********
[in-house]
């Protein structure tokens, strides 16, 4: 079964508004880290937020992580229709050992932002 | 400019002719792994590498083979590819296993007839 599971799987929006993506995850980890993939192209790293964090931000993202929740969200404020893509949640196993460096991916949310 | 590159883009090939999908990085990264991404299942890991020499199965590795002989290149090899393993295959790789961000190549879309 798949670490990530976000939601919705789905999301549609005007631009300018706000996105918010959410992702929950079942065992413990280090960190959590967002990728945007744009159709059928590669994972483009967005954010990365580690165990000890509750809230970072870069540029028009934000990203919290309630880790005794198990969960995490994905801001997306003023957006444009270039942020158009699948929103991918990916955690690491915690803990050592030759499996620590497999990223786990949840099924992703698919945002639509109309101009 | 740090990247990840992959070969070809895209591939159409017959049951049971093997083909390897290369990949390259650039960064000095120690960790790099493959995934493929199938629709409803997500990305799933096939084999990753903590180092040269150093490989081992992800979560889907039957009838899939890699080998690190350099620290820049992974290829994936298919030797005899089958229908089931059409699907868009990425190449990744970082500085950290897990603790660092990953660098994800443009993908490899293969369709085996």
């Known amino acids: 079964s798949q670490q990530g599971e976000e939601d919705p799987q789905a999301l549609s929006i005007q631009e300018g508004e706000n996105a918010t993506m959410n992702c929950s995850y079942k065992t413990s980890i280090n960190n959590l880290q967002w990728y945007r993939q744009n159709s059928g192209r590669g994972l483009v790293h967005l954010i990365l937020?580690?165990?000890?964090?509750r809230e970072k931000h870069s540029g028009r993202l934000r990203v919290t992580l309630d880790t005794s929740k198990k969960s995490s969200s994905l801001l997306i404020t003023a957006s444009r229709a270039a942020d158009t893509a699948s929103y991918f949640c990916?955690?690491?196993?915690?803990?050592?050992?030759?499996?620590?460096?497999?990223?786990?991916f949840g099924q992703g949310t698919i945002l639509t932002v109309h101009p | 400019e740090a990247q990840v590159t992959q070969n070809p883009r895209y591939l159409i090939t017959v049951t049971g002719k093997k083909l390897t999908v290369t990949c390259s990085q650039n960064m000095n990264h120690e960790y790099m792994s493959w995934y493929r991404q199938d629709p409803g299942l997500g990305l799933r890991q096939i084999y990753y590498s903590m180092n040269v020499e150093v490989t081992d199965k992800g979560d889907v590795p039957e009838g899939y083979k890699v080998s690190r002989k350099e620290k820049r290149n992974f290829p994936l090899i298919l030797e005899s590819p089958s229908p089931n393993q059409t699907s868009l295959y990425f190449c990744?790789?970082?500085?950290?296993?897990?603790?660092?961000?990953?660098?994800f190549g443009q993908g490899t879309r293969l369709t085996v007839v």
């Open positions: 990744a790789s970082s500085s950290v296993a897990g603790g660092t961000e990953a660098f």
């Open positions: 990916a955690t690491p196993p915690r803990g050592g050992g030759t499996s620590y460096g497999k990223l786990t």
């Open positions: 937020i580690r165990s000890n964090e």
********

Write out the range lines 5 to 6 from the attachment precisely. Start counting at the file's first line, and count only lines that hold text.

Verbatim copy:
């Open positions: 990916a955690t690491p196993p915690r803990g050592g050992g030759t499996s620590y460096g497999k990223l786990t």
């Open positions: 937020i580690r165990s000890n964090e």